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Alumni Couple Champions Big Data Programs at Dickinson College

Dave '74 and Sue Stebbins Souerwine '75 during a recent trip to Australia.

Dave '74 and Sue Stebbins Souerwine '75 during a recent trip to Australia.

Dave '74 and Sue Stebbins Souerwine '75 support quantitative-reasoning programs at Dickinson

by MaryAlice Bitts-Jackson

Computer-science education has changed considerably since Dave ’74 and Sue Stebbins Souerwine ’75 were undergrads. Back then, powerful computers were room-sized, and “big data” was not in the lexicon. The PC had not yet entered the market, and smartphones—as well as the internet, as we now know it—were still decades away. And for Dickinson students, a math major—with its emphasis on theoretical math—was the best road to a computer-related career.

Oh, how times have changed. After seeing seismic shifts in their industry and in communications culture at large, the Souerwines are helping to ensure that today’s Dickinson students are well-positioned to meet new opportunities and challenges in a rapidly evolving field.

As undergrads, Dave and Sue shared a math major and a lively sense of humor; they also were both involved in Greek life. But somehow, their paths never crossed until Dave’s senior year, when they both enrolled in an applied-math class. Instantly smitten, Dave asked Sue out. He had to ask several more times before Sue agreed to go with him on a hike. “My friends told me not to go out with him because he was a Phi Delt—they were convinced he’d leave me out there on the rocks,” Sue jokes, as she and Dave laugh, “but I returned safe and sound. And we started to date.”

Sue and Dave Souerwine in 1974, on Dave's graduation day.

Sue and Dave Souerwine in 1974, on Dave's graduation day.

Dave graduated early and launched his career at Bausch & Lomb, working full time as he earned an MBA at the University of Rochester. For four decades, he worked in the medical-device and medical-technology sectors, moving into management in 1987. At the time of his retirement in 2012, Dave was president of McKesson Provider Technologies, a leader in health care IT.

Sue also graduated from Dickinson early so she and Dave could be together sooner. She worked in computer systems at Eastman Kodak for a decade before staying at home to raise their three sons. Each was born 3.5 years apart (“A finite series!” Dave quips).

Now, the Souerwines’ children are grown, and Dave is retired. They’ve traveled to 66 countries, 49 states and all of the Canadian provinces so far. The Souerwines attend reunions at their alma mater, and they give back as members of the John Dickinson, Mermaid and Old West societies. The couple also supports the college’s Quantitative Reasoning (QR) Center and recently established the Souerwine Fund for Quantitative Reasoning and Data Analytics with the goal of making quantitative reasoning, a subset of data analytics, a permanent Dickinson offering.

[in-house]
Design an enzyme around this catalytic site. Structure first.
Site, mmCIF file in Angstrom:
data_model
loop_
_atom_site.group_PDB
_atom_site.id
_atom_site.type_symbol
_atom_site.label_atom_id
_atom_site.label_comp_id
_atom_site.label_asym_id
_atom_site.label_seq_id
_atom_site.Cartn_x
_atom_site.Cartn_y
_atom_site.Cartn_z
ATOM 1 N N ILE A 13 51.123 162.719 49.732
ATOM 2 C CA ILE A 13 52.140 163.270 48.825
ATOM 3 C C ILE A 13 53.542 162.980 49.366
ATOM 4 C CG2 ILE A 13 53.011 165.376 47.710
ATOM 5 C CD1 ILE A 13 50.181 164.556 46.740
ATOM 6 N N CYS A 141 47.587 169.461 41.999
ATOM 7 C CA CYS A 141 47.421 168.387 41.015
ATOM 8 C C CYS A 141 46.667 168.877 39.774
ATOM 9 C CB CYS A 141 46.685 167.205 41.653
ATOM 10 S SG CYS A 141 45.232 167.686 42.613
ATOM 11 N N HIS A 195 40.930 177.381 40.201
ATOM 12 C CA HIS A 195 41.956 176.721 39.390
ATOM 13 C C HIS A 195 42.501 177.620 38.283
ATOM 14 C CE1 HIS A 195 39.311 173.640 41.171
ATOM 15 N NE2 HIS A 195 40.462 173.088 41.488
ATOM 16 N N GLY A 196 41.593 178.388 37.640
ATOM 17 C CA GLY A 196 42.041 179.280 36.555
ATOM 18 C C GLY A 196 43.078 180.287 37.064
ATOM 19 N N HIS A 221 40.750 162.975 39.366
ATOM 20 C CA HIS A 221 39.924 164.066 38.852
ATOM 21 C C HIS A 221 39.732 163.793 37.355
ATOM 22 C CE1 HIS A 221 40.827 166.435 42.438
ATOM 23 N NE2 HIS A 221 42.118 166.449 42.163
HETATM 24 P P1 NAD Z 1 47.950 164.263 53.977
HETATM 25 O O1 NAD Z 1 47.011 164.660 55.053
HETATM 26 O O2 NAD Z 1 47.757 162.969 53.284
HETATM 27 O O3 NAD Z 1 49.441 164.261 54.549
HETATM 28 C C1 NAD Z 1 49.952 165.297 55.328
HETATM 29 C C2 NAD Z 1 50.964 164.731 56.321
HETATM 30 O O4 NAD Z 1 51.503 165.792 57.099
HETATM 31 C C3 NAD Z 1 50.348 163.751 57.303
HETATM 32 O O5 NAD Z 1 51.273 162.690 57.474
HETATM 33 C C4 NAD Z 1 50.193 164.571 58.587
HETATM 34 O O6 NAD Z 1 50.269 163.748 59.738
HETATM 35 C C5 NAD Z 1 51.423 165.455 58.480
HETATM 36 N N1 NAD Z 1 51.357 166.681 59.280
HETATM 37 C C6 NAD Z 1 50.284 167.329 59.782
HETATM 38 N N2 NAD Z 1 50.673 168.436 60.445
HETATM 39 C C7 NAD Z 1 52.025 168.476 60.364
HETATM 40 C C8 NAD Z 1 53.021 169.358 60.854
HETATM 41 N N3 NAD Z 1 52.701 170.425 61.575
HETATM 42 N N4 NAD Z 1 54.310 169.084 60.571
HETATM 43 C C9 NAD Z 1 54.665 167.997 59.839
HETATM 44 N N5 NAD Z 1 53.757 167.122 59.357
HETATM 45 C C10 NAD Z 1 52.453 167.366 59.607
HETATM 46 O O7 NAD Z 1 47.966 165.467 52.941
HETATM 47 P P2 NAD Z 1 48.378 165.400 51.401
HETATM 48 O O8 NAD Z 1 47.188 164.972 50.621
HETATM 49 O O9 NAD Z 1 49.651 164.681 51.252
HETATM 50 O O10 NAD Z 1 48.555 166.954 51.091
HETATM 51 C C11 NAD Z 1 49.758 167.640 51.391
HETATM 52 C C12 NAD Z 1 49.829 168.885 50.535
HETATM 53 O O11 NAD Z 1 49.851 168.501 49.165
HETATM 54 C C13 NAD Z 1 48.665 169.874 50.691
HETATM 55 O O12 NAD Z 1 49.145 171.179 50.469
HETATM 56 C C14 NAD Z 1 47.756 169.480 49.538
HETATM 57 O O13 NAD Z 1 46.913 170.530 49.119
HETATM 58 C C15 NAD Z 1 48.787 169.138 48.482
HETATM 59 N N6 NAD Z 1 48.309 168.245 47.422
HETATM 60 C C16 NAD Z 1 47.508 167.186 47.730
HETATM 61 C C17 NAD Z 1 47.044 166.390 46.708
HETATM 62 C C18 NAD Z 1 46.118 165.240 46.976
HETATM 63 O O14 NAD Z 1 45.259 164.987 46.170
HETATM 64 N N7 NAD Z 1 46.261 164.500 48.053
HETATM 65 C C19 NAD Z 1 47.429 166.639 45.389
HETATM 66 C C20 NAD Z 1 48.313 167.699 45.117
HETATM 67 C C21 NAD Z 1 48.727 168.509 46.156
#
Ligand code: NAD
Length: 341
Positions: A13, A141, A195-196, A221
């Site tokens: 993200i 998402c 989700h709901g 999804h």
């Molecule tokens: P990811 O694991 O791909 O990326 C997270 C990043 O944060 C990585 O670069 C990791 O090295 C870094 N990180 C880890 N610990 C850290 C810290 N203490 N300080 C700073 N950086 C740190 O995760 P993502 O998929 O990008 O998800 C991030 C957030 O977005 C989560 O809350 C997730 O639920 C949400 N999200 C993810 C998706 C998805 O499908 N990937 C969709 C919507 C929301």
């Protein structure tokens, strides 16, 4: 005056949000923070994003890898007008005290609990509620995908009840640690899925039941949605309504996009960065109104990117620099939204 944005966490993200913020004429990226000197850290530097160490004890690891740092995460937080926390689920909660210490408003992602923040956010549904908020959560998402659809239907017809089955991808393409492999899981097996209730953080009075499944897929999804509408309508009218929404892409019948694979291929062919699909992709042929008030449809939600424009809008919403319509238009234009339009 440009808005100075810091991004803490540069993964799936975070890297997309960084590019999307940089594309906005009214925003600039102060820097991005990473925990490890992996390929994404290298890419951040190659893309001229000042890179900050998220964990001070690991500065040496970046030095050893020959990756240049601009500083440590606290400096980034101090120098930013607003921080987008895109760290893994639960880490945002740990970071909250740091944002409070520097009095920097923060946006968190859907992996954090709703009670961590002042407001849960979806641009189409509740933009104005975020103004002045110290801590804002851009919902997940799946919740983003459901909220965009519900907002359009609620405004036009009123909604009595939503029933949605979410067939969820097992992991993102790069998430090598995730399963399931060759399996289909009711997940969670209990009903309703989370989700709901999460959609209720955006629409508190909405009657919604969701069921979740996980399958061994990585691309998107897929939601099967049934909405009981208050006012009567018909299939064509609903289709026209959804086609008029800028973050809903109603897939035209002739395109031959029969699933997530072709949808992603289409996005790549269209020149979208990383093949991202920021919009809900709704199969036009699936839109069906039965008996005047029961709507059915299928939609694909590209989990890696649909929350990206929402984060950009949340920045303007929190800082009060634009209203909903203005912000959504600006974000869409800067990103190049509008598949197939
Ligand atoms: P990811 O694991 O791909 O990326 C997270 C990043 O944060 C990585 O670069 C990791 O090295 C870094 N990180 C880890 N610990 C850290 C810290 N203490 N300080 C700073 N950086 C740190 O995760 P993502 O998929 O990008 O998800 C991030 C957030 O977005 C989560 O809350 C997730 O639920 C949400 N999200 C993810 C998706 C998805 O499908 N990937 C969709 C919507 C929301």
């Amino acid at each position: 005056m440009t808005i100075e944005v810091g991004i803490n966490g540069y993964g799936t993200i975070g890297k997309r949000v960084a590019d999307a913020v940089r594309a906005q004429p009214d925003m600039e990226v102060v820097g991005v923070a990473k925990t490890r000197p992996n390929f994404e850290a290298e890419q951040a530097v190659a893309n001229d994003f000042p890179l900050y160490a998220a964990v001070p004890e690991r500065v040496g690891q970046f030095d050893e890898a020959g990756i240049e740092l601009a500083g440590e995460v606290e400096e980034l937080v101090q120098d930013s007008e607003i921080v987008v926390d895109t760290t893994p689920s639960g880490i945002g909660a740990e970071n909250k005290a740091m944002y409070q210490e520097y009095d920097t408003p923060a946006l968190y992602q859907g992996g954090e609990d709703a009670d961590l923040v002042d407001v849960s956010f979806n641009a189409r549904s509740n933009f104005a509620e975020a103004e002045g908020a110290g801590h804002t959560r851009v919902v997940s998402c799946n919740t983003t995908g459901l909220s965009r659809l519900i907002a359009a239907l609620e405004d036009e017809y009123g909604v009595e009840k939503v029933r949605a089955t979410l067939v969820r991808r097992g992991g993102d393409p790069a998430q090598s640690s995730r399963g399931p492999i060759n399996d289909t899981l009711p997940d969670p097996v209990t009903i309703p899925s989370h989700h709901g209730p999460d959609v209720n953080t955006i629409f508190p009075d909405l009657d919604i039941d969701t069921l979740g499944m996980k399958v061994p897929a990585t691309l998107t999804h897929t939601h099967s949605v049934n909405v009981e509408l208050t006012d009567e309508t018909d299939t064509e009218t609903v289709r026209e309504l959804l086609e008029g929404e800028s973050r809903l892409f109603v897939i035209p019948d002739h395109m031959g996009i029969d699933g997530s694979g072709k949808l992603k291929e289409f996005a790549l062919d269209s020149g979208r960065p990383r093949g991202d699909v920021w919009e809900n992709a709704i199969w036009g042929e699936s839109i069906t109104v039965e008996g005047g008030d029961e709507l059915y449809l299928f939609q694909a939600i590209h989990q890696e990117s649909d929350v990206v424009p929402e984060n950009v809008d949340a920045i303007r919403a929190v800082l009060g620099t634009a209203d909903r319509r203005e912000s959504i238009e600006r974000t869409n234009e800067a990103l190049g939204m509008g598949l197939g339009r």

Last year, Dave and Sue teamed with several Dickinson professors to develop a data-science Revolutionary Challenge proposal, which is one of the finalists in this high-level idea competition for using the Dickinson education to address contemporary and future problems. Dave also volunteers to speak with students interested in STEM careers.

“We’re focused on helping Dickinson students to be actively engaged with the wider world and challenged to think differently,” Dave says, “and our hypothesis is that there's no better capability they could possess to help them accomplish that than knowing how to interpret, present and perform data analytics.That’s why we’re giving back in this way.”

Their influence is already felt on campus, says Emily Marshall, assistant professor of economics, who co-directs the QR Center along with Noreen Lape, associate provost of academic affairs and director of the Writing Program/Norman M. Eberly Multilingual Writing Center.

“The gift from the Souerwines has allowed us to expand our programming across the board. This means we can do more with peer tutoring, experience growth of the program and explore faculty development opportunities," Marshall says. "All of this enables faculty to engage with more challenging quantitative content in the classroom by providing support to students in gateway quantitative courses and elevating students already interested in quantitative concepts.”


Published February 19, 2020